Monday, October 12, 2009

Because There Weren't Enough Opinions Out There

I'll throw another log on to the fire. Michael Ignatieff is going through what almost all Leaders of Her Majesty's Official Opposition go through. This is both true and a truism. The problem for Ignatieff is not the current abysmal poll numbers, but the political position he's gotten himself into. It all started when he decided the only person who could be interim leader was himself. Now, I understand that hindsight is 20/20 but think this through. The 2009 budget was always going to be fairly unopposable for the Liberal Party of Canada. A stimulus was beyond necessary and the Conservatives wanted to do it. Thus, Ignatieff had to support budget. The problem was he had to support the budget while showing himself to be different than Stephane Dion. That was no mean feat. Dion had both been too weak as leader (all those abstentions added up in the public's mind) and too strong in the wake of his defeat in the 2008 election (coalitions are not a very Canadian concept). Ignatieff had to neither abstain nor threaten to defeat the government. Thus, the absurdity of putting the government "on probation." While people thought it brilliant at the time, it trapped Ignatieff politically. The Tories called his bluff. They didn't live up to the demands they didn't want to live up to and forced Ignatieff first in June and then in the fall to threaten the government with defeat less than a year after their election. At this point, there's very little room for Michael Ignatieff to back away from the edge of the cliff. The only thing stopping from falling off the edge is Jack Layton and the empty pockets of the NDP. That's not really a tenable position for a Liberal leader.

The other part of his problem is that he's just spent a significant amount of money on putting bad advertisements on the air. Adds that frankly are just cause for derision. With the self-proclaimed prince of darkness back on the scene, I have to wonder why Ignatieff didn't go negative in English. I know he went negative in French, taking the absurd step of doing it himself but 233 out of 308 ridings didn't see those ads. It will be interesting to see whether there's any follow-up to the Liberal Party's great second quarter fundraising totals. I'm skeptical. Remember how much fanfare accompanied the good news? We are now weeks past the end of the third quarter, no fanfare. It may come, I'm not holding my breath. If the party spent all of its money on bad ads, Ignatieff won't have the capital to earn himself new political capital. As I said at the outset, he could recover from this; opposition leaders have a little bit of Lazarus in them. I just wouldn't want to be in his position right now.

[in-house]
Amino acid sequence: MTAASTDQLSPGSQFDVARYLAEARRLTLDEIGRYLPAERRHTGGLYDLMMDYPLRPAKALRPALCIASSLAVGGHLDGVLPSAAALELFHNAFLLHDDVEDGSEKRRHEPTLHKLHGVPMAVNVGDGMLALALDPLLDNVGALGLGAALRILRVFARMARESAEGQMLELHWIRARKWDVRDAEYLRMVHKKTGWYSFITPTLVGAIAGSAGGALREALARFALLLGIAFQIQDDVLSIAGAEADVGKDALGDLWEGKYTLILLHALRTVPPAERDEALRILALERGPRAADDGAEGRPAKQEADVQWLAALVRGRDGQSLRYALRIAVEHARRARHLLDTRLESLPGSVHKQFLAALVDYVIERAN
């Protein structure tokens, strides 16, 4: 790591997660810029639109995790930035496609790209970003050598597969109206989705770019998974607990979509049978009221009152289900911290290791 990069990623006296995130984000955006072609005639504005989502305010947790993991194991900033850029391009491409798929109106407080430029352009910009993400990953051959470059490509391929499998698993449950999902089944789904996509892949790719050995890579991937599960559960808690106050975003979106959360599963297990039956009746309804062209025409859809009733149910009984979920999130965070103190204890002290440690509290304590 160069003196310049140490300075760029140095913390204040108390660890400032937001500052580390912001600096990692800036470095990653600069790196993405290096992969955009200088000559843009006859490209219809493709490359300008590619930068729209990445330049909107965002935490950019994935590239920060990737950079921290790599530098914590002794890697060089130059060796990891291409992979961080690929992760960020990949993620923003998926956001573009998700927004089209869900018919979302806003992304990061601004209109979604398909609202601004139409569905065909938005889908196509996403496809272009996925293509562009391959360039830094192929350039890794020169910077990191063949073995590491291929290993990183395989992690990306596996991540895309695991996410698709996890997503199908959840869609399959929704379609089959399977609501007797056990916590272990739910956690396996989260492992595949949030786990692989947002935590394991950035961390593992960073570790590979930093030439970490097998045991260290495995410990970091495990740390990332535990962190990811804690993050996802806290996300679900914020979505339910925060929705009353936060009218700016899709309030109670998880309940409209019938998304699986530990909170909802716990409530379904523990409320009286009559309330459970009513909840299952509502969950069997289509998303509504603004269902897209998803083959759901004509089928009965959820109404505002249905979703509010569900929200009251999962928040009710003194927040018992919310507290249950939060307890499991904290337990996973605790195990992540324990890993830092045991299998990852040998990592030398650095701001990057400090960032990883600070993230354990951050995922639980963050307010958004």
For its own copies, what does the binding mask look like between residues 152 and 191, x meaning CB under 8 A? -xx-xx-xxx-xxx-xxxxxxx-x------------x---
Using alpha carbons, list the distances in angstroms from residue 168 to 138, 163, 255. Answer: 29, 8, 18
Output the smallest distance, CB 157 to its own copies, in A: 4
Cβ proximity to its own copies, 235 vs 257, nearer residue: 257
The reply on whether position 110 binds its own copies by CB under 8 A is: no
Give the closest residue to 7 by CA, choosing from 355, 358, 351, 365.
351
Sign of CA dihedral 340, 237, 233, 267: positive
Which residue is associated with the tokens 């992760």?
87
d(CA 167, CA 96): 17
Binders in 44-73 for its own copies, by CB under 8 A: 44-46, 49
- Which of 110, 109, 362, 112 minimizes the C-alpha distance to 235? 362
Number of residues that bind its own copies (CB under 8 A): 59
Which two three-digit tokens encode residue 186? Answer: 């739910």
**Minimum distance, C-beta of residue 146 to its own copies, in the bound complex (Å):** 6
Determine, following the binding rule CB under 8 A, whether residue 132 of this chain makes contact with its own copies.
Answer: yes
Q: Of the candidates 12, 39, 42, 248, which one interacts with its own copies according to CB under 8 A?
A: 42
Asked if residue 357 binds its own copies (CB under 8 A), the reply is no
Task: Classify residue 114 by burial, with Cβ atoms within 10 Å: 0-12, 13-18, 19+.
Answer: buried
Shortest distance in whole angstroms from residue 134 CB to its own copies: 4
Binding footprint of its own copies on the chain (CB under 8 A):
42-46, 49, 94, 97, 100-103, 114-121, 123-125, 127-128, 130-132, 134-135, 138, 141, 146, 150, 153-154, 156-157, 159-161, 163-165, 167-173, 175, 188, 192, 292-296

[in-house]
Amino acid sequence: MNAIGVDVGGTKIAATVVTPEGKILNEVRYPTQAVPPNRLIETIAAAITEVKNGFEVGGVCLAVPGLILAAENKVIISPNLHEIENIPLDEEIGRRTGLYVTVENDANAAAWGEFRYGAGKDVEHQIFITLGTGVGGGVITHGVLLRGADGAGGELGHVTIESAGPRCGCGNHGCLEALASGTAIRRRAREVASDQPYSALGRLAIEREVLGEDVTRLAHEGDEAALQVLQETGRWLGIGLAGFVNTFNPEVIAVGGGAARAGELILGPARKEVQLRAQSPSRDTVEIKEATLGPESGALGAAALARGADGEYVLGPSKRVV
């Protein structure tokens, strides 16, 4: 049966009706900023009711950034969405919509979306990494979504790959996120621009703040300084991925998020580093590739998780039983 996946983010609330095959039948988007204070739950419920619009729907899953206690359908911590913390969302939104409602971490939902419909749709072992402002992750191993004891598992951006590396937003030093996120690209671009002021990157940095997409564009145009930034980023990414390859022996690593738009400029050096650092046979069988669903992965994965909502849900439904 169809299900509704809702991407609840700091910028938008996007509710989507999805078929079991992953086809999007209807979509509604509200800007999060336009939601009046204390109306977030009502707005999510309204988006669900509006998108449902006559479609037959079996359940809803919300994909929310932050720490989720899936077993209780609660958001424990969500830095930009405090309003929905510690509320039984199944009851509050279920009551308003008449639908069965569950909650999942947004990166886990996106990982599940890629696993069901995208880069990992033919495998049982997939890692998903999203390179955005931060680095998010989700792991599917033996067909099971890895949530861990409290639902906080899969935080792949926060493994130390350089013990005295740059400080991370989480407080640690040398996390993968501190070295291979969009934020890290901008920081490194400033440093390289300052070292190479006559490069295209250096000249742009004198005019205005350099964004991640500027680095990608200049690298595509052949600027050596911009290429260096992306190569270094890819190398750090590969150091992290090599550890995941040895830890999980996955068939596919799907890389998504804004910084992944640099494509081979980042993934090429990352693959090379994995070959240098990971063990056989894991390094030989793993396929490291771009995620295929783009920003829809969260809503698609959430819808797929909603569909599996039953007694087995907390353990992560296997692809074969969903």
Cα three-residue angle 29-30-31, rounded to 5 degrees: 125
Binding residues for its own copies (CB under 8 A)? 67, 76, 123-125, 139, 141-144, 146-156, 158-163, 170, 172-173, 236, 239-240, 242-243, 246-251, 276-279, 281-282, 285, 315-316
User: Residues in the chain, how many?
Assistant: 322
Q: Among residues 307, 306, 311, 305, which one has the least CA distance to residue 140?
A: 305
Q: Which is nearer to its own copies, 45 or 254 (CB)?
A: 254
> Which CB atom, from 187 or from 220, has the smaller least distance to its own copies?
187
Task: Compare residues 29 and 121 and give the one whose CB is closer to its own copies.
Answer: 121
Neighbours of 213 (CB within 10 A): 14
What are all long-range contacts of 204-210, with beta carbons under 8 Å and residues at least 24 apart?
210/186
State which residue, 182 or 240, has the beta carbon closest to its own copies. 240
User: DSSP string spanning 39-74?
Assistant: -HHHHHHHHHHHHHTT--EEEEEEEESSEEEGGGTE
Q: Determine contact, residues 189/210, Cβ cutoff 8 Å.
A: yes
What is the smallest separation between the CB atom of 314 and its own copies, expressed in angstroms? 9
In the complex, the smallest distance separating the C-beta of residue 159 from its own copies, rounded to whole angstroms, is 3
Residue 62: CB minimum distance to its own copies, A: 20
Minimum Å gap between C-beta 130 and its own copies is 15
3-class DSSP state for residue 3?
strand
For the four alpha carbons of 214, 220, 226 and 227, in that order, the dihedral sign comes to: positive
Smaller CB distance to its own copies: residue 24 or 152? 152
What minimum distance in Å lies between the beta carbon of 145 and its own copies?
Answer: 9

Thursday, October 08, 2009

Projection Update: Dead Heat... In Jeanne - Le Ber Edition

Yes, a tie has broken out in the battleground riding of Jeanne - Le Ber. The Liberals and Bloc are tied at 35.61% of the vote. I have no clue how to resolve this. I could flip a coin or draw lots but I'm going to go with the incumbent which is the Bloc's Thierry St.- Cyr. Without further ado, the rest of the projection:

National Picture:

CPC 128 (+1)
LPC 97 (-2)
BQ 51 (+1)
NDP 32

Province by Province:

BC: CPC 19, NDP 11, LPC 6
AB: CPC 28
SK: CPC 13, LPC 1
MB: CPC 9, NDP 3, LPC 2
North: CPC 1, LPC 1, NDP 1
ON: LPC 48, CPC 45, NDP 13
PQ: BQ 51, LPC 17, CPC 7
NB: LPC 6, CPC 3, NDP 1
NS: LPC 6, CPC 3, NDP 2
NL: LPC 6, NDP 1

Sunday, October 04, 2009

Stephen Harper's Culture of Defeatism

The four by-elections have been called for November 9th. It is interesting that the Conservatives are not just downplaying their chances in Québec and BC but also in Nova Scotia. Cumberland --Colchester -- Musquodobolt Valley is as safe a Conservative seat as they come. If you don't count the victory by exiled Conservative turned independent Bill Casey in the last election, the Tories have only lost the riding once in the slaughter of 1993. For Tories to be saying they don't expect to win any of the seats means one of two things: either they think that people in rural Nova Scotia are still angry about the Atlantic Accord etc. or they think they can win there and are trying to set the bar so low that they can't help but jump over it. Time will tell. In the interim, I decided to run off a quick projection based solely on the 2004 and 2006 results and the current polling: